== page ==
Dissident doctors, fat activists and the growing resistance against mandatory health advice

Date of news: 28 June 2021

The Dutch National Institute for Public Health and the Environment (RIVM) recently announced that the National Prevention Agreement is falling short: Dutch people still eat too much and don’t  get enough exercise. For some time now, the widely promoted healthy lifestyle has not only been called into question, but even openly rejected in the Netherlands. Since the 1970s, a diverse group of fierce activists and media-savvy doctors have been increasingly successful in getting this counter-narrative into popular newspapers, as historian Jon Verriet of Radboud University illustrates in his research that will be published in the journal Cultural and Social History on June 28, 2021.

Since the 1950s, the Western world has been waging a war on obesity. “Experts and government bodies have been telling Dutch citizens for decades that they should eat less and exercise more,” explains Verriet. And although people have been spending more and more on diets and gym subscriptions since the Second World War, polls show that we consider ourselves less healthy and less beautiful.

Body positivity

Couch potato“It is perhaps for this reason that resistance in Dutch society to mandatory advice on healthy eating and exercise has gradually been gaining ground over the years.” The battle first began in America, where as early as 1967 activists preached that it was better to ignore the well-intentioned recommendations of doctors and be proud of your fat body. “Nowadays we call this body positivity.”

In the Netherlands, the feminist action group Vet Vrij was founded a little later, in 1981. Inspired by sister clubs in the United States, they organised the popular Fat Women’s Day on several occasions, focusing in particular on body acceptance. They were also openly critical of medical authorities, who often ‘harboured prejudices’.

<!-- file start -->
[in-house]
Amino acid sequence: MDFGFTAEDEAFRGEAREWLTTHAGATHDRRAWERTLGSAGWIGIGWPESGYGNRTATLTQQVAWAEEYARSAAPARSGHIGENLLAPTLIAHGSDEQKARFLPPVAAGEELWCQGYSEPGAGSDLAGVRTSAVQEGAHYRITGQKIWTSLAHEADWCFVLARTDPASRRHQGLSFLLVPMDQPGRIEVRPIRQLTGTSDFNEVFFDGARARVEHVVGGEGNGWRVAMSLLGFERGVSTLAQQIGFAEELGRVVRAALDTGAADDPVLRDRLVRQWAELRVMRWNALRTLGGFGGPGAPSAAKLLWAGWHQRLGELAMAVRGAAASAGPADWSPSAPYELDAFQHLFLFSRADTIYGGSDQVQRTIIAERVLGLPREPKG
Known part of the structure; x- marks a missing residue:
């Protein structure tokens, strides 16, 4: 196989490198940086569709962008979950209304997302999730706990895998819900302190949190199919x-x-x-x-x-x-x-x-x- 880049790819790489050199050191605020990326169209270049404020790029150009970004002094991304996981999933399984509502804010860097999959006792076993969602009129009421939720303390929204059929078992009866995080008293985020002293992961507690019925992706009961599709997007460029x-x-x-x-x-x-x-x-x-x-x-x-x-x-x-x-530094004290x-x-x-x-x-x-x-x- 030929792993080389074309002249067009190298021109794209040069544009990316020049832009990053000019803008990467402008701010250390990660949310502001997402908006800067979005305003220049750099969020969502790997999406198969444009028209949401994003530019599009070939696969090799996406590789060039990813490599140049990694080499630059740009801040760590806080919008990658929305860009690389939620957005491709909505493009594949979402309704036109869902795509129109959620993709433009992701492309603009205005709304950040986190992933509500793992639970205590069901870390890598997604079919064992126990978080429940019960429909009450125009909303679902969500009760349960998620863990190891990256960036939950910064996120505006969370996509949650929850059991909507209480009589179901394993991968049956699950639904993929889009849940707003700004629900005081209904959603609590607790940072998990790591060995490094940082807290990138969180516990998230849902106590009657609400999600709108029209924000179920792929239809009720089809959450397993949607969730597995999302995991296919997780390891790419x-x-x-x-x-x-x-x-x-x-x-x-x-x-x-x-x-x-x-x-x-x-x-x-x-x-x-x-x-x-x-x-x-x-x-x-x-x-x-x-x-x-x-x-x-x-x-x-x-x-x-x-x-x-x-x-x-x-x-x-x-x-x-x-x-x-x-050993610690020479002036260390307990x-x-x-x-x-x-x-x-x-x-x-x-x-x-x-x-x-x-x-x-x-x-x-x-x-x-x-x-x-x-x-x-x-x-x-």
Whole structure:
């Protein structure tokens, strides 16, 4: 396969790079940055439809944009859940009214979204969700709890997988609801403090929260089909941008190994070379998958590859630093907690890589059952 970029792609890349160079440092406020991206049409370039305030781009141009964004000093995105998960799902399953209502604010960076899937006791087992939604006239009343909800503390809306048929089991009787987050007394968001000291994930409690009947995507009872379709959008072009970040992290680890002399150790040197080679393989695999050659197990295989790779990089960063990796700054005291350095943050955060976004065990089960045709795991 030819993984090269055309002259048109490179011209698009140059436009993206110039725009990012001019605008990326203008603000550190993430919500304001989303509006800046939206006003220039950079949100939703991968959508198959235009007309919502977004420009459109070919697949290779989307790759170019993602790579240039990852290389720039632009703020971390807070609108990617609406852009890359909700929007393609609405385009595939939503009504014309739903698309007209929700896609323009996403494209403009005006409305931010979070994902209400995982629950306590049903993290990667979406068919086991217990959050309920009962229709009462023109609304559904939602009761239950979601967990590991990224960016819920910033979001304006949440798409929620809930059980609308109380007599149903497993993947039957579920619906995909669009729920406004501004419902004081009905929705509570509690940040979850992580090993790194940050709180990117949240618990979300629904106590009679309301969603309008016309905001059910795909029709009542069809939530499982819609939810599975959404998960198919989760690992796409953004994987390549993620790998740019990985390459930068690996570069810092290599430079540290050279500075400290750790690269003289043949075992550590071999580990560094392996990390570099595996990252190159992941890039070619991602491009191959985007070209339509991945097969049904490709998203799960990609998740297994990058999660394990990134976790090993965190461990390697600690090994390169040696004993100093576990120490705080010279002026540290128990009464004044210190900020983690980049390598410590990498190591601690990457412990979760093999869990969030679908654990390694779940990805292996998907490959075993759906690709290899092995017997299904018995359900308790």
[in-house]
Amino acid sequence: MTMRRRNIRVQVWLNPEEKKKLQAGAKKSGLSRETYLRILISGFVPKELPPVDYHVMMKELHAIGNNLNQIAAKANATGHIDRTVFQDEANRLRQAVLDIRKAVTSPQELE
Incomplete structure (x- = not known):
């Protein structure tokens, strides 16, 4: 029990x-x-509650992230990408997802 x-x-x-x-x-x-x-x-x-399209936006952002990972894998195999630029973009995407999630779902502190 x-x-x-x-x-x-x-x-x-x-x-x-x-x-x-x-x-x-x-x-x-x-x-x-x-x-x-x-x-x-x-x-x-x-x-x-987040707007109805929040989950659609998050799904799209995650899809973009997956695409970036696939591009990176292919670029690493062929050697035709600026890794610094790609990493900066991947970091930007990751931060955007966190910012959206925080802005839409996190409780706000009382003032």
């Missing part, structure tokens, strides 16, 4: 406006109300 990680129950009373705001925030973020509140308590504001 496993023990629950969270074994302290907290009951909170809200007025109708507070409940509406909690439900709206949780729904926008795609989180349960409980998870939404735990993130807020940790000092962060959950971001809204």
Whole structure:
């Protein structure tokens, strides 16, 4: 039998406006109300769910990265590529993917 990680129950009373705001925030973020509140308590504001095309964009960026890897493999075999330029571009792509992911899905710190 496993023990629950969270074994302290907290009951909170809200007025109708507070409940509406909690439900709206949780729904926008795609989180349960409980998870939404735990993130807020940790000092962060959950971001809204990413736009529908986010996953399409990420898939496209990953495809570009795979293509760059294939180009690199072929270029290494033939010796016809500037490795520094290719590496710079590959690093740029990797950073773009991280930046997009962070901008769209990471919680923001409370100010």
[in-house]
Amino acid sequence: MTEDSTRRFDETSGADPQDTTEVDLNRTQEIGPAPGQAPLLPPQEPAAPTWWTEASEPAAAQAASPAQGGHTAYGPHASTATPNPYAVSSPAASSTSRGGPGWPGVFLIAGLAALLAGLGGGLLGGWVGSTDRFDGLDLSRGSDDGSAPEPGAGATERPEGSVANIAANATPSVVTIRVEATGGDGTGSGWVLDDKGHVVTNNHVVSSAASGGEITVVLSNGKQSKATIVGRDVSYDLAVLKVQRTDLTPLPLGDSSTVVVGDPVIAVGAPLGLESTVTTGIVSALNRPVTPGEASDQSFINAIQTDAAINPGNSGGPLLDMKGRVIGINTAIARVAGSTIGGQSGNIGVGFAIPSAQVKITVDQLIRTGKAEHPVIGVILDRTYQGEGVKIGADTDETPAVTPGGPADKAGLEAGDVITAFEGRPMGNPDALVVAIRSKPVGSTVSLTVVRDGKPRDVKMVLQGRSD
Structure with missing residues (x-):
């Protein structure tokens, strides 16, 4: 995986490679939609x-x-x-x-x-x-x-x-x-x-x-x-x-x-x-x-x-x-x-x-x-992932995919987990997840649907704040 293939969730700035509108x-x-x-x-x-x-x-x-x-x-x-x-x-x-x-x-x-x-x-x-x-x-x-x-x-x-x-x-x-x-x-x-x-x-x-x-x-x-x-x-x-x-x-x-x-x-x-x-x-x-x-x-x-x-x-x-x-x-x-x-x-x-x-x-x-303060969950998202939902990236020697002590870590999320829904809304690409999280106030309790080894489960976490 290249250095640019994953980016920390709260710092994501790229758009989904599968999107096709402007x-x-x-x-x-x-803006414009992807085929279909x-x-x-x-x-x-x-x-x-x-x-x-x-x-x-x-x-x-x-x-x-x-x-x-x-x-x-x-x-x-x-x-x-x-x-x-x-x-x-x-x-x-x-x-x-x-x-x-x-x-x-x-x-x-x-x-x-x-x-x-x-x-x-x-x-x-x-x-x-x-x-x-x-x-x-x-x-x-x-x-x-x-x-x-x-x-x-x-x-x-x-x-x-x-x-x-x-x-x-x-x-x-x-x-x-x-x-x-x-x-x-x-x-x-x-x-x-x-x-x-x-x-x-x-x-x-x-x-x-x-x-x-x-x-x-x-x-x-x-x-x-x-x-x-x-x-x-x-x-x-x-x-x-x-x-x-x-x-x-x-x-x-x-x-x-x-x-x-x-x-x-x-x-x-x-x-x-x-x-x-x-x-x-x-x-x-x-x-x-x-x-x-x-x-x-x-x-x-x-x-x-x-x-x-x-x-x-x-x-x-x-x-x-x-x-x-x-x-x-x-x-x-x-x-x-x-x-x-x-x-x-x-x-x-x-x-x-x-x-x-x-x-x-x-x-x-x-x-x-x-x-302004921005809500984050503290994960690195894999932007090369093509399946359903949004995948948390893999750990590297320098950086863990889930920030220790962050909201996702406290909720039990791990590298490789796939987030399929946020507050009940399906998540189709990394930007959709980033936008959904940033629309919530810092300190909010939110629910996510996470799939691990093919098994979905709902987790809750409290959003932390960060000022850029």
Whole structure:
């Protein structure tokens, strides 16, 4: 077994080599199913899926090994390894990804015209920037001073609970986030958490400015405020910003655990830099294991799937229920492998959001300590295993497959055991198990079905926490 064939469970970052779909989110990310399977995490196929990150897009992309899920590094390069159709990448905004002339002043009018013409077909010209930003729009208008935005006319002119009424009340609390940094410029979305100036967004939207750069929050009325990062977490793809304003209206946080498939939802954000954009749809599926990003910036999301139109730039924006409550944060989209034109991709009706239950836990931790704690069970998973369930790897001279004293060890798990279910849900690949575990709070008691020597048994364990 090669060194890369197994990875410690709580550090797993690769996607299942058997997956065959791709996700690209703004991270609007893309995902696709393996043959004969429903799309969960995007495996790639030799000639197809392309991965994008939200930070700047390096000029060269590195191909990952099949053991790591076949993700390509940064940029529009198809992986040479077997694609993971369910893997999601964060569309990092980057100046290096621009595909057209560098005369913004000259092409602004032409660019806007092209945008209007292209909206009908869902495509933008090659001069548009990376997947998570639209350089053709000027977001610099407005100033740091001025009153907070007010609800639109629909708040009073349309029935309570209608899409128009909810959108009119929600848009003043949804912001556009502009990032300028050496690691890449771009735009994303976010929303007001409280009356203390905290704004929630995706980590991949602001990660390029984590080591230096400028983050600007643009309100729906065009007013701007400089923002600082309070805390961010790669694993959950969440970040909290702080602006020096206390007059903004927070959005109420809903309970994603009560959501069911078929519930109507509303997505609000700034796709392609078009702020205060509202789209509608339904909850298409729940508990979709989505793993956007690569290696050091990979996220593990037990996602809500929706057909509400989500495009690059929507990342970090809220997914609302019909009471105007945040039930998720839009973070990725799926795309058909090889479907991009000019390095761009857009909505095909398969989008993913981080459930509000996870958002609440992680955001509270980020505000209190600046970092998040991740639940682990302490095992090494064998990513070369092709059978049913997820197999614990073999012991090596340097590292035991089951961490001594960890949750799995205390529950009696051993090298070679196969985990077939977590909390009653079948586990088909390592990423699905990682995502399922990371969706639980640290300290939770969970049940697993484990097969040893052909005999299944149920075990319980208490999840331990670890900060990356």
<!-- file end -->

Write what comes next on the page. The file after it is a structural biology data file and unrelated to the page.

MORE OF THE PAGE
By that time, it had gradually become clear that having a healthy lifestyle was not all that simple. People struggled with the yo-yo effect; diets often do not work in the long run. Journalists also criticised the moralising tone used to talk about a healthy lifestyle, since there are clear links between health and income. Medical experts also started to question the proclamation of ideal lifestyle choices. “They argued that specific government measures could make healthy choices more affordable and easier to make.”

‘Experts’ have a hard time

In the 1980s, cracks began to appear in the popular idea that you could be healthy if you just ate well and exercised. Newspapers even featured more and more articles that openly ridiculed the idea. For example, some said that joggers were succumbing to a ‘collective madness’: their extreme need for fitness was almost pathological. In this decade, the right to live an unhealthy lifestyle was increasingly defended, for example by the American group Couch Potatoes.

“One of the main effects of all this contradictory lifestyle advice was that the position of medical experts in the Dutch media came under increasing pressure.” At the end of the twentieth century, scientists’ complex messages (“Is being fat unhealthy? Yes and no”) created more room in the public health debate for ‘experts with personal experience’, with their own truth claims. We are still living with the aftermath of that – a chaotic mishmash of lifestyle advice.

Historian Jon Verriet researched historical resistance to the ‘healthy lifestyle’ using thousands of articles from American and Dutch newspapers.


Jon Verriet (2021) Resisting the idealised ‘healthy lifestyle’: medical mavericks, fat activists, and Couch Potatoes in U.S. and Dutch newspapers (1967-1989), Cultural and Social History, DOI: 10.1080/14780038.2021.1933700

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